File photo: United Nations Secretary General Ban Ki-moon
Expressing sorrow over the incidents along the Line of Control (LoC) in Jammu and Kashmir, United Nations Secretary General Ban Ki-moon today said he was "reasonably encouraged" by the efforts of India and Pakistan to resolve their source of conflict through talks.
Ban, who begins a two-day official visit to Pakistan tomorrow, said his "offer of good office remains available" if both countries agree to his mediation.
"While I am saddened by the loss of lives in the course of all this conflict, I am relatively, reasonably encouraged by the recent move by both sides to engage in dialogue, to resolve their source of conflict through dialogue - that I will strongly welcome and support," he said.
The 69-year-old former South Korean foreign minister made the remarks while talking to Pakistani journalists at the UN headquarters in New York.
He was responding to questions about tensions between India and Pakistan following clashes along the LoC.
Asked if he could help India and Pakistan reach a settlement, Ban said he could play a role only if both countries agreed on his mediation.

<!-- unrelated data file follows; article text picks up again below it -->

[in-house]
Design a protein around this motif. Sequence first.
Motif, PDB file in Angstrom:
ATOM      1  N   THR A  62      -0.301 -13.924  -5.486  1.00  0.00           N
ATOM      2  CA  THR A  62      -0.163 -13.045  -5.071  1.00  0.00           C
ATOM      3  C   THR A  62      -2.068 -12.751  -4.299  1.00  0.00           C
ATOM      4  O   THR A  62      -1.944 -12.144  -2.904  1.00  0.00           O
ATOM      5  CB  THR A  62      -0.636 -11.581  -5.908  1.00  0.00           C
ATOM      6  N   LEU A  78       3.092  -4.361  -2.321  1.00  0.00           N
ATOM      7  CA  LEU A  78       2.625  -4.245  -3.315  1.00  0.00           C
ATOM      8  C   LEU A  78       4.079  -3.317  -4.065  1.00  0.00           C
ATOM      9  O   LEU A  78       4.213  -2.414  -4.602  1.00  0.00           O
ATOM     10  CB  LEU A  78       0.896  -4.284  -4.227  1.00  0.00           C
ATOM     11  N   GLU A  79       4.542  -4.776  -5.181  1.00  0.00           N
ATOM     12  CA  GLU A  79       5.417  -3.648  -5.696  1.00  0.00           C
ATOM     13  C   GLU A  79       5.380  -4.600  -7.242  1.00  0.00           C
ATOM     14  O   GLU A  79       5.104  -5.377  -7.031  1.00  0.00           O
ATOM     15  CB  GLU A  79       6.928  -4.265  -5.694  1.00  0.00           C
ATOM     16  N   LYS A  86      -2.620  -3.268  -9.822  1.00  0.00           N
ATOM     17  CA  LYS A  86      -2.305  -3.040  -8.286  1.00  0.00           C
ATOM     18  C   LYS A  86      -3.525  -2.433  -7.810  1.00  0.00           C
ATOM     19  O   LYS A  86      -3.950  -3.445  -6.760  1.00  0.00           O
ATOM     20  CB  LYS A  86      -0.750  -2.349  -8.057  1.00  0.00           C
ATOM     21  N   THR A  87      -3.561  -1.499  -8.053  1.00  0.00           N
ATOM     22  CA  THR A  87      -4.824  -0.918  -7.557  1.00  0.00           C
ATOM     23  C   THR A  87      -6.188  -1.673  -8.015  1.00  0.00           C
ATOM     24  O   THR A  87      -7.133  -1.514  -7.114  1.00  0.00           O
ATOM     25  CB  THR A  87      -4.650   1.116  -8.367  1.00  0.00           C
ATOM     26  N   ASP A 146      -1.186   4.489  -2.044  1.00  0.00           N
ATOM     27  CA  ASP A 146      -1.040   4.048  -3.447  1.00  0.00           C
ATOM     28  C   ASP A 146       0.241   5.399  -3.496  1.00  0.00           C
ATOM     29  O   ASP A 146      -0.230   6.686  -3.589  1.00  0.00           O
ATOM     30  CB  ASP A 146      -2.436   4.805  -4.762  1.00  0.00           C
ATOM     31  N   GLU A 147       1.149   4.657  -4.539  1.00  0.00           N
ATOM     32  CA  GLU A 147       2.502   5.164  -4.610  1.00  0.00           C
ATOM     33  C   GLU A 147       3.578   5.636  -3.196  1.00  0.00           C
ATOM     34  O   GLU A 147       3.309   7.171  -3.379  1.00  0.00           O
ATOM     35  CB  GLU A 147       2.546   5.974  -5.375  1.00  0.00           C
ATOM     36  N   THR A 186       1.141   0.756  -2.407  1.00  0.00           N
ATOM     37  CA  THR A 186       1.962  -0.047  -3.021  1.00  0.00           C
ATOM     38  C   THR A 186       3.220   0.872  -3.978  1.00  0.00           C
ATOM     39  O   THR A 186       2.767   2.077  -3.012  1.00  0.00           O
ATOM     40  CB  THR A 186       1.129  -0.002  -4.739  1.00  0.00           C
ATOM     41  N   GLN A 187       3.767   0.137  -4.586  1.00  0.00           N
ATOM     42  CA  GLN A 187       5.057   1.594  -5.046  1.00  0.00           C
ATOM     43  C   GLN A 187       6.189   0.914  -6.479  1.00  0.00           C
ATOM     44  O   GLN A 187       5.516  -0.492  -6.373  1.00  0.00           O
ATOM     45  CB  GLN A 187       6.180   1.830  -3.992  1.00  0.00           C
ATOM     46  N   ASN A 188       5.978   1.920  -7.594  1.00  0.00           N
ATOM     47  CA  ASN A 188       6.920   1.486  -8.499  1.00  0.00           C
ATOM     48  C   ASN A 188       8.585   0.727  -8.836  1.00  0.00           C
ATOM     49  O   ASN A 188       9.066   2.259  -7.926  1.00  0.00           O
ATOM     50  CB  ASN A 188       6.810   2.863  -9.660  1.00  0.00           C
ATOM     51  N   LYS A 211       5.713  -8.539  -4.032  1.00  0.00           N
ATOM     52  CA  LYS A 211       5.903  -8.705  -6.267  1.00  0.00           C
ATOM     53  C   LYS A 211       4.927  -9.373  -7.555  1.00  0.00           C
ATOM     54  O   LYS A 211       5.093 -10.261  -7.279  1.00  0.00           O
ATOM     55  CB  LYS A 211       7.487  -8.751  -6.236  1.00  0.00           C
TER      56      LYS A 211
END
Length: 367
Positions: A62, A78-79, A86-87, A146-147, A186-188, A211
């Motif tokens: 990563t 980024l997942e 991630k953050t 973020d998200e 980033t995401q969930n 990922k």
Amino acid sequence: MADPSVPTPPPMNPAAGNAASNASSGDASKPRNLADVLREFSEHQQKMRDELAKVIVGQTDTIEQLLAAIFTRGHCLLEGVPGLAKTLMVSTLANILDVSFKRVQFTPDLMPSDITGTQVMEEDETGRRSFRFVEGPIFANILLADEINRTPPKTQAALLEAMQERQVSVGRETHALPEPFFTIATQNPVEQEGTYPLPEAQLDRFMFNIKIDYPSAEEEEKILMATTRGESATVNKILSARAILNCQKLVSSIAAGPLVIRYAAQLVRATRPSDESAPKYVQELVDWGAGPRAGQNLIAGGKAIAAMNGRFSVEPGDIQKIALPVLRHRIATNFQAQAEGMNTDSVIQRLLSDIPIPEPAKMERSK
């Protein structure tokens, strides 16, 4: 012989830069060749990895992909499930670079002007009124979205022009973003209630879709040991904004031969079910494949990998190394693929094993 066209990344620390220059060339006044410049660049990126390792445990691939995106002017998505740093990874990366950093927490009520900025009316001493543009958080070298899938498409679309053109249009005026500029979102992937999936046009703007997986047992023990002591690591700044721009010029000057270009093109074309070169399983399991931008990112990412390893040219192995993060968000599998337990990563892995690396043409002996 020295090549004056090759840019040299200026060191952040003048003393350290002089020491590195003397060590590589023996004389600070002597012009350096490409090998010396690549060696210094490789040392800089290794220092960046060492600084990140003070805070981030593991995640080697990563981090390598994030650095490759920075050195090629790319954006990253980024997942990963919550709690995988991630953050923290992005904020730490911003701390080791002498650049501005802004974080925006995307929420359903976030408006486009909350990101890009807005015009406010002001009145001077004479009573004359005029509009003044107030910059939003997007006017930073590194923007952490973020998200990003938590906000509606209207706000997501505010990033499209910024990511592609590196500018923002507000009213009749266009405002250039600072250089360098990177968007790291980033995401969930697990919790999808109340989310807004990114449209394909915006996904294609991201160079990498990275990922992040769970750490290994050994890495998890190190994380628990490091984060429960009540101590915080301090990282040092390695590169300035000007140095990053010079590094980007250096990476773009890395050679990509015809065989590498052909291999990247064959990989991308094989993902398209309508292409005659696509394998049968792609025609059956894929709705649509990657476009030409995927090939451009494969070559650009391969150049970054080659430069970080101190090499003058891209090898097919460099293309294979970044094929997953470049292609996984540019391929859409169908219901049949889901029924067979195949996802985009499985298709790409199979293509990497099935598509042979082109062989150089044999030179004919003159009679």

"My offer of good office remains available. If both sides think this is useful and both sides agree, then I'll be ready to offer my good offices," he said.
Ban said he would expect the Indian and Pakistani leadership to "continue their dialogue, to create some confidence-building measures".
"I was encouraged to see that there was a Kashmir bus service - between the Indian and Pakistani sides. There is some increase in the lines of communications between the leaders. And this may be small, but you can expand this one...," he said.
Ban said tensions along the LoC were a "long-standing issue" and UN military observers had been "trying to prevent any conflict (across) the LoC".
"But you should know that UNZIP (UN Military Observers Group in India and Pakistan) is not mandated with any political role. So, these political issues should be handled and discussed by the leaders of both governments," he said.